Rina Sawayama, The Paranoyds and more queer artists with new September tracks

The days are getting shorter, but these queer and trans artists will lift your spirits

Welcome back to Monthly Tune-Up! September’s collection of new songs released by LGBTQ2S+ artists is here to lift your spirits as the days get shorter, darker and chillier. Whether you’re in the mood for some emotional country from Rina Sawayama, hypnotizing techno from rRoxymore or up-tempo pop-rock from The Paranoyds, I’ve got you covered for all your musical needs.

“Send My Love to John”—Rina Sawayama 

Starting September’s list off with a tear-jerker is Rina Sawayama’s “Send My Love to John,” a queer country ballad from her sophomore LP, Hold the Girl. The British pansexual pop artist sings a beautifully stripped-down proclamation of love, atonement and forgiveness from the perspective of a mother unpacking her intergenerational trauma and apologizing to her queer child for not accepting them in the past. Sawayama’s crystal-clear voice rings through the mellow and sombre acoustic guitars. The simple setup and execution of the song is all she needs to tell a moving, emotional narrative, and listeners will walk away from it feeling healed and fulfilled. 

“Yolk”—Wallgrin

“Mystical” is the first word that comes to mind upon hearing the music of Vancouver-based artist Tegan Wahlgren, better known as Wallgrin. Their new single “Yolk” from their upcoming album, Yet Again the Wheel Turns is dazzling and enchanting, the type of song one would expect to hear walking through an enchanted forest. A gentle harp, orchestral swells and Wallgrin’s airy vocals, which evolve into feral shrieks by the end, give off strong Joanna Newsom and Florence and the Machine energy, with some 1970s rock influences that give the floaty atmosphere of this track a slight edge. On “Yolk,” Wallgrin appears to be asking for guidance as they make their way through life, but the sounds coming through are strong and sure.

“Fragmented Dreams”—rRoxymore 

The seven minutes of uninterrupted techno on “Fragmented Dreams,” the lead single from rRoxymore’s upcoming album, Perpetual Now, is a hypnotic take on a traditional club song. The queer Berlin-based artist, also known as Hermione Frank, puts listeners into a trance, seducing them with abrasive, bassy beats and a kaleidoscope of layered synths. Like a lot of electronic music, the song is repetitive and cyclical in order to get those listening to it into a dancing headspace, but rRoxymore embeds just enough lively flourishes to switch up the longer-than-average runtime.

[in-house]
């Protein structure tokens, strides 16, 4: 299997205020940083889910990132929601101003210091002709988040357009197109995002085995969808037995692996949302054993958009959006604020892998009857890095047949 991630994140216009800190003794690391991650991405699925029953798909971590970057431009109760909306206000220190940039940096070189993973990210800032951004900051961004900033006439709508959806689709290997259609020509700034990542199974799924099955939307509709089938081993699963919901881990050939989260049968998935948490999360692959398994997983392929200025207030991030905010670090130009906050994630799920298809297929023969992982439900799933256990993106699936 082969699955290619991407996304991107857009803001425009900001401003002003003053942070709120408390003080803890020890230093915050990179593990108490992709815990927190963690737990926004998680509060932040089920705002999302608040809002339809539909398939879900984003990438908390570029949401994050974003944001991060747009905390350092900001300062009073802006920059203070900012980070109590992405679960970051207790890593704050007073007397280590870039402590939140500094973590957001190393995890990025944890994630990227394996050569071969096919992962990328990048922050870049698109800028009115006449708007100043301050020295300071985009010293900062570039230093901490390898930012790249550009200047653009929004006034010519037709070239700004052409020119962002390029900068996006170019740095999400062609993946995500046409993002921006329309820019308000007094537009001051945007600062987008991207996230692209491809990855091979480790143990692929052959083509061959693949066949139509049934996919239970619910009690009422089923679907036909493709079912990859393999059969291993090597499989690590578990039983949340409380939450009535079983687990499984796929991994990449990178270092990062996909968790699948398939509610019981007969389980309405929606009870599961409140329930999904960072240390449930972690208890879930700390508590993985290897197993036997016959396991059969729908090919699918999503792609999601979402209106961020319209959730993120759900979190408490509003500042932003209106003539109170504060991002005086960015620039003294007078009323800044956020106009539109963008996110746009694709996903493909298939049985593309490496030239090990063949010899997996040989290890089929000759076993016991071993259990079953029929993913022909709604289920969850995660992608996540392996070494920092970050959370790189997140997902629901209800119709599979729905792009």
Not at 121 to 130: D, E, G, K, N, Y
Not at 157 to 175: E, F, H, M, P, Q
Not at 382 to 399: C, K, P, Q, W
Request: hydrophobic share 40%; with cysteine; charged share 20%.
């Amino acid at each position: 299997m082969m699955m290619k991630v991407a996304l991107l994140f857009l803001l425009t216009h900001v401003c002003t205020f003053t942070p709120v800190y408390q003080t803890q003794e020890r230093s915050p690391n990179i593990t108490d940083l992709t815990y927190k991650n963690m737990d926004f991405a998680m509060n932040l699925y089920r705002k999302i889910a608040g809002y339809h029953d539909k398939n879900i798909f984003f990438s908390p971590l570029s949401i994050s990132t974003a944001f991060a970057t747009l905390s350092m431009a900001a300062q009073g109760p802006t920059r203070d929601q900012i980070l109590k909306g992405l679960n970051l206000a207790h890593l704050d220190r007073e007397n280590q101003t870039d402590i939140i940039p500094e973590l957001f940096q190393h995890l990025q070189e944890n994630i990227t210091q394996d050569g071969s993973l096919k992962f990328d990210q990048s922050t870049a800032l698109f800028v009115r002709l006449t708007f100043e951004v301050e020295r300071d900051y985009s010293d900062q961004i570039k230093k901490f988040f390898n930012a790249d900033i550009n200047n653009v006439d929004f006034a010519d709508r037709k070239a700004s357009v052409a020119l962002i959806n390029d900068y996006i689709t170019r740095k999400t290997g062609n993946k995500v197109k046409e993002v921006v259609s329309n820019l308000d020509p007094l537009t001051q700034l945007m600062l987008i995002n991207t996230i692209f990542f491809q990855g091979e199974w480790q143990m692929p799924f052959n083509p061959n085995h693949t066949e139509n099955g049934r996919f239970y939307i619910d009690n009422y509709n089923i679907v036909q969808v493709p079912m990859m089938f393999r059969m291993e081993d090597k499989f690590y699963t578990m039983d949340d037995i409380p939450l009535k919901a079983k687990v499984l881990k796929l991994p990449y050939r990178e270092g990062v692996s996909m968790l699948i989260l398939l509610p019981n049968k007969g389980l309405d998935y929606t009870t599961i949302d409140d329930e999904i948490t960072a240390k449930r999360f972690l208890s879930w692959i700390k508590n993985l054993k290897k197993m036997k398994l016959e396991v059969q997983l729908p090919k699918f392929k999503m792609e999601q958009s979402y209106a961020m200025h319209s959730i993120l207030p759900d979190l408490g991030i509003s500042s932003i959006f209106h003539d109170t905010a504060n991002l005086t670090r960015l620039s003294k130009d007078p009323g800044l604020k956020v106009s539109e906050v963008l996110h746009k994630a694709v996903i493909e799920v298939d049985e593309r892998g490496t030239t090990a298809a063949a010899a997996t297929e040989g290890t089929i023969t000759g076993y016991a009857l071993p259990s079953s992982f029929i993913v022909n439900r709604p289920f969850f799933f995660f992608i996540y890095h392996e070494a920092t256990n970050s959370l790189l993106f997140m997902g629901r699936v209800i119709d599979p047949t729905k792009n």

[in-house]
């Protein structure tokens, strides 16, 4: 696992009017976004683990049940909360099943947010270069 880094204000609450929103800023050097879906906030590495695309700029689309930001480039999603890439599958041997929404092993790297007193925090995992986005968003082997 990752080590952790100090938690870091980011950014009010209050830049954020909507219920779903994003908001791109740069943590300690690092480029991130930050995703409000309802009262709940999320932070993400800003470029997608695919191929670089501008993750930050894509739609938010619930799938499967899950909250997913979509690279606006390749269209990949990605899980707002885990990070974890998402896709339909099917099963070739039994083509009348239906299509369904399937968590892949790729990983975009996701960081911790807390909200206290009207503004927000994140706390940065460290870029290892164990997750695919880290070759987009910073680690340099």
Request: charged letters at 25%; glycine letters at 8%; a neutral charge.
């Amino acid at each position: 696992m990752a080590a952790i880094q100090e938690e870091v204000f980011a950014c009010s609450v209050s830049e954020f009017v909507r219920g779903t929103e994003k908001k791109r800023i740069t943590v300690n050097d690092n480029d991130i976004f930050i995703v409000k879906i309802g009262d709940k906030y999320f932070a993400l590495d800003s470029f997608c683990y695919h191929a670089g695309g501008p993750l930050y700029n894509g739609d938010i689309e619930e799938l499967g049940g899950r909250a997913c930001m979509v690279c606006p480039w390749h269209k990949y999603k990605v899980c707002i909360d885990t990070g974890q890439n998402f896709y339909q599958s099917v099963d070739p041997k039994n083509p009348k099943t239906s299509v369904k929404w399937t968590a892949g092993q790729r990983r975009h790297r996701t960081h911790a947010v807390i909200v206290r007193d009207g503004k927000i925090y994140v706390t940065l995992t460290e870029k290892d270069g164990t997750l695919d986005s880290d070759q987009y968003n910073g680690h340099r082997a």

“Be Cool”—Sug Daniels

The bright and sunny country-pop single “Be Cool” by Sug Daniels is a self-affirming reminder for listeners to be gentle with themselves. The queer singer-songwriter and producer incorporates elements of folk, rock and an optimistic country flair on the track, creating a beachy atmosphere with its twangy guitars, humming ukulele and sweet vocals from Daniels. When chasing your goals becomes exhausting, she reminds us to take a breather and trust in ourselves. As the days become shorter while we venture into autumn, it’s a nice remaining tie to those breezy summer afternoons.

“Inarticulation”—Rio Romeo

“Inarticulation,” by queer interdisciplinary artist Rio Romeo, is a charmingly kooky gender-neutral love song off of their new EP Good God!, and if you’re a fan of quirky, piano-based pop juggernauts like Fiona Apple and Regina Spektor, this is the tune for you. As the song’s name suggests, expressing love to someone can make one feel inarticulate. Romeo’s expressive, unrestrained vocal performance and the clunky, honky-tonk piano chords tinkling away with delight capture that exact sensation. “Inarticulation” is bursting at the seams with personality, and it’s impossible not to fall in love with it.

“Freak Out”—The Paranoyds 

Up-tempo pop, rock and a little dash of riot grrrl energy closes out this month’s roundup with “Freak Out” by The Paranoyds. The queer quartet’s song comes off of their sophmore record, Talk Talk Talk, and features a plethora of influences and sounds, including new wave, indie rock and garage pop/rock. “Freak Out” embodies the infectious, almost obsessive way it feels to have a massive crush on someone, and its DIY-like rock-band sound will make you want to jump up and down in a cramped, sweaty pit at a concert with your friends. Zesty and vivacious, “Freak Out” will have you freaking out energetically and joyously.

Jordan Currie (she/her) is a writer and Xtra's Associate Editor, Audience Engagement. She has written for Xtra, Exclaim!, New Feeling, Wavelength Music and others.

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Culture, Music, Feature, Monthly Tune-Up, Trans

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